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David Douglass .NET on My Mind

In some situations it is helpful to maintain an XML document using a class that mimics the structure of the XML document.  If the document has a schema there shouldn’t be any reason to code the class.  If the schema is well written, then everything necessary to generate the class is in the schema.  You could then write code along the lines of:

MyDoc doc = new MyDoc(documentPath);

doc.Collection["key"].Name = "Joe";

doc.Save();

There are 3 code generators I know of for generating these classes.  Unfortunately, all of them have serious limitations and will not allow you to write the simple code from above.

All the code generators fail to generate code for key access to elements with multiple occurrences.  Instead, there is an assumption that the document order position is known; access is strictly by index number.  If you want to find something by key, you have to loop through the data and look for it.  Also, the generated classes usually can't be extended through inheritance because returned references would be to the base class, not the derivation.

The best known of the code generators is xsd.  This is a command line tool that ships with the .NET SDK and Visual Studio.  If you've ever created a typed DataSet then Visual Studio ran xsd in the background for you.  Xsd generates classes in 2 styles, DataSet (i. e., a strongly typed DataSet) and Class.

Xsd in DataSet mode assumes your schema models a relational database.  This creates a naming restriction because xsd assumes that since a relational table can be defined only once in a database, a name will be used only once in a schema.  Thus, a schema for the following document:

<A>

      <B>

            <C>

                  <D />

            < </C>

      </B>

      <C>

            <D />

      </C>

</A>

can't be used because C is viewed as being defined twice.  Even if you write your schema to avoid this problem, xsd DataSets have other limitations:

·        The hierarchy is flattened.  This means that all non leaf elements are connected to the root element.  You can access root.B or root.C, but not root.B.C.

·        The code is bloated.  This has a minor impact on performance and makes using intellisense difficult as you wade through many useless (in this case) functions and properties.

One real asset for strongly typed DataSets is their understanding of XML Schema data types.  For example, even though an XML Schema duration is almost the same thing as a .NET TimeSpan, the representations are wildly different.  The strongly typed DataSet is the only code to handle this correctly.  Also, the strongly typed DataSet has built in support for accessing the file system.  All the other code generators are based on setting up an XmlSerializer and StreamReader.

Xsd can also be used in Class mode.  This creates a very lightweight class that creates a container class for the leaf nodes and array classes for the container classes, with the appropriate XML serialization attributes applied.  Because the classes are so simple, you can effectively derive from them to add key lookup functionality.  Unfortunately, all data types are represented as strings.  After modifying the document you'll need to validate it and deal with any errors.  The xsd classes alter the document hierarchy in the object model, which can be confusing when using intellisense.  Support for adding and removing elements is weak, it is done by direct manipulation of simple arrays.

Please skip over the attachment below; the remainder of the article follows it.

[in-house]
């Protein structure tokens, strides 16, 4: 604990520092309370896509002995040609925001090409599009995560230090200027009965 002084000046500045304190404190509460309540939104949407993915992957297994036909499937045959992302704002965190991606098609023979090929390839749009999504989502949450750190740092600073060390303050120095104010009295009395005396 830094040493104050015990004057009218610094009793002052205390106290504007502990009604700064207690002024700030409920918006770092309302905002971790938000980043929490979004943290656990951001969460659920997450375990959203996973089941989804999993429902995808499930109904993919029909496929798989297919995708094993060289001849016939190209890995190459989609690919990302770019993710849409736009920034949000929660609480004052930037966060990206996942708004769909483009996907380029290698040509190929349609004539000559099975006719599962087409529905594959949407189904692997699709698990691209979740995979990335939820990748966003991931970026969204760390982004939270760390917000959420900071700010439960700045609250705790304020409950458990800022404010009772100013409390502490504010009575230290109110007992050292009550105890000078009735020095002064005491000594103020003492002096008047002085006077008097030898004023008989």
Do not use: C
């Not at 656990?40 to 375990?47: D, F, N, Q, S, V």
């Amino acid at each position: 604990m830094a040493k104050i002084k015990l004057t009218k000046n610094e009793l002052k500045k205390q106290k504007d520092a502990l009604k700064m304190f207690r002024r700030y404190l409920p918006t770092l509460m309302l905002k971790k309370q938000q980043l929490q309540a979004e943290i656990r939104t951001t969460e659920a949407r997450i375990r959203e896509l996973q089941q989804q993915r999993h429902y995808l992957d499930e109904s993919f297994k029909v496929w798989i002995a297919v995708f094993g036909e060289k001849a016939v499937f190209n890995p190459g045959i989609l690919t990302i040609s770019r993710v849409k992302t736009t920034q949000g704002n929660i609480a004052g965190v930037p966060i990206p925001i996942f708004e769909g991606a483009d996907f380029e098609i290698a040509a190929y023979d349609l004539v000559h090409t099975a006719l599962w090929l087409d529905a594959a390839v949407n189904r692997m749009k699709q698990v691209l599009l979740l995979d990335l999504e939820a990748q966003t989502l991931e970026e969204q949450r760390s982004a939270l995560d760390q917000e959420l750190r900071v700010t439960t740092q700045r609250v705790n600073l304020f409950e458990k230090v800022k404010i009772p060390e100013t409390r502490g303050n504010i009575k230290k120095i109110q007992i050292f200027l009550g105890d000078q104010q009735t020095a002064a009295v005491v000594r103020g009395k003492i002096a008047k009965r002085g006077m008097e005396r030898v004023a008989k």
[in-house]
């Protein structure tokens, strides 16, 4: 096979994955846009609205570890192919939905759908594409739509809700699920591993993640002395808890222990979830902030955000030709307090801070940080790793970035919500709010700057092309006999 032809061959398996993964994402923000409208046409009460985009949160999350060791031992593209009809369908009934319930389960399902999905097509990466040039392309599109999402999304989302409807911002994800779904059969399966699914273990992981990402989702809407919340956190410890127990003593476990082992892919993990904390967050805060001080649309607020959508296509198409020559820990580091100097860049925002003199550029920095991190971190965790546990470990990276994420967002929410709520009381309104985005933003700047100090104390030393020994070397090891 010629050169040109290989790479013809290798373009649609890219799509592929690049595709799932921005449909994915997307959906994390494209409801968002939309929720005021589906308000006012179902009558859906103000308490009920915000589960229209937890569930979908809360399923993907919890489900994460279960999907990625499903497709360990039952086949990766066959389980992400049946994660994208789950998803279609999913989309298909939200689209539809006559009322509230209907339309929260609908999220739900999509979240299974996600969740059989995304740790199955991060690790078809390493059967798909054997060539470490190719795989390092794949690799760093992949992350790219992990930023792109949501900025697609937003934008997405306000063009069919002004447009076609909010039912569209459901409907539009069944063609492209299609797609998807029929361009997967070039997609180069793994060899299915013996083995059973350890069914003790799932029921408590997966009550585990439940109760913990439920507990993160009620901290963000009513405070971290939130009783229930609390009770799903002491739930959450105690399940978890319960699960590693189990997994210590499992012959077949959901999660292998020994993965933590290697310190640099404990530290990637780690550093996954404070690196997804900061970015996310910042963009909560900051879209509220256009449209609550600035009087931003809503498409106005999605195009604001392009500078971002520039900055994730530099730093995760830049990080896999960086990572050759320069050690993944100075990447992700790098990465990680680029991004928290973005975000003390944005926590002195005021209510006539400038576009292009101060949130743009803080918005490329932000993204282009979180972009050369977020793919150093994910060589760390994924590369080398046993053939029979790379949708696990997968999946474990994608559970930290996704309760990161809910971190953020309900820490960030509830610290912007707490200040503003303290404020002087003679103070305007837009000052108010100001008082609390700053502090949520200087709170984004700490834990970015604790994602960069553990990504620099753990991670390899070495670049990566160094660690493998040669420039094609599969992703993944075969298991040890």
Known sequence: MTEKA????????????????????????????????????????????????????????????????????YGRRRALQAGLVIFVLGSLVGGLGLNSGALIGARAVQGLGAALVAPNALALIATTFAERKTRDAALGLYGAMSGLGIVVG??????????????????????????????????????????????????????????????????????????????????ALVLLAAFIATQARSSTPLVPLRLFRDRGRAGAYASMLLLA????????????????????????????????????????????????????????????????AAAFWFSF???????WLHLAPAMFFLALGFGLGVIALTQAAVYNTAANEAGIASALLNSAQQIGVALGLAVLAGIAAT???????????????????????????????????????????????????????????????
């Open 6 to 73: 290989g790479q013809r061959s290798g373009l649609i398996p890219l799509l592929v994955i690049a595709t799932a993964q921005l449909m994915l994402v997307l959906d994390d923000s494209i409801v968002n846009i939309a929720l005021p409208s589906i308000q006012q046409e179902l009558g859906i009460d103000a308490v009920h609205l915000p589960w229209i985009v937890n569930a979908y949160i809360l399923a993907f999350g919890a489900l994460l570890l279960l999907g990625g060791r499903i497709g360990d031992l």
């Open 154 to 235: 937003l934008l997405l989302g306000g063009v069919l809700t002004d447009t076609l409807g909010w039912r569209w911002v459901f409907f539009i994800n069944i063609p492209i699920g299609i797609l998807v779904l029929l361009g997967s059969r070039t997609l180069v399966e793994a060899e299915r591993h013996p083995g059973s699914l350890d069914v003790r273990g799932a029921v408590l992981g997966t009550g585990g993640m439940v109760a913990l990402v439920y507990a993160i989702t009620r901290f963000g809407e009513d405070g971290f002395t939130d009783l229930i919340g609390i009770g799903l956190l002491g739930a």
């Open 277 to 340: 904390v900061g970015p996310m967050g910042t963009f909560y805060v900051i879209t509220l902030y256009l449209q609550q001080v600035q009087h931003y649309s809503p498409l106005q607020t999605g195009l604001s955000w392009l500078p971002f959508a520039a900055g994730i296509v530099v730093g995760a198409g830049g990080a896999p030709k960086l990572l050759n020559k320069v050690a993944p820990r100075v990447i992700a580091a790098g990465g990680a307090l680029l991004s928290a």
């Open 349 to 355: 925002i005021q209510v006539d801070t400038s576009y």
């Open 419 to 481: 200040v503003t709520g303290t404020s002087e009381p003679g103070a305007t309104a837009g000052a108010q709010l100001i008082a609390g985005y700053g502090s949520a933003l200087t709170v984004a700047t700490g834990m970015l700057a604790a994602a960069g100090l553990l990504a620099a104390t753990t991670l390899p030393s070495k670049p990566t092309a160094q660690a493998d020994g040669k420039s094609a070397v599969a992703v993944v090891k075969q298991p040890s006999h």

Microsoft has released an unsupported tool, XsdObjectGen (http://www.microsoft.com/downloads/details.aspx?familyid=89E6B1E5-F66C-4A4D-933B-46222BB01EB0&displaylang=en) to address the shortcomings of xsd.  XsdObjectGen generates classes that follow the document hierarchy closely.  There is support for adding and removing elements, but adding elements requires more code than when using a strongly typed DataSet.  All data types are represented by strings and post modification validation is required.  Because of a bug in intellisense and the way XsdObjectGen creates code, intellisense sometimes doesn't list everything that it should.  You wind up in a situation where you just have to know what is actually allowed.

Dingo (http://dingo.sourceforge.net/) is an open source project to generate .NET code from schemas.  It was the only tool to generate code that didn't compile.  When Dingo encounters a data type it doesn't understand (such as a duration) it simply passes it on to .NET as a C# data type.  I had to add using statements (e. g., using duration = System.TimeSpan;) to several files to get the code to compile.  I also had to modify the namespace declarations.  Dingo passes the target namespace directly from the schema to the C# code.  If your schema has targetNamespace="urn:test", then the C# code gets a line namespace urn:test { (notice the :).  Dingo was unable to deserialize the instance document because it tried to load an XML schema duration into a .NET TimeSpan, which caused the deserialization to fail.  Dingo does not handle non repeating elements correctly.  If an elements can occur only once in a document (as per the schema) it is still stored in an array and must be accessed using array syntax.  Adding and removing nodes isn't directly supported; arrays must be directly manipulated.

My overall conclusion is that you are probably best off with strongly typed DataSets.  They are the most full featured and robust.  You'll lose some flexibility in designing your schemas, and the programming can be a bit clumsy, but this seems better than the alternatives.

Posted on Friday, April 14, 2006 1:55 PM | Back to top


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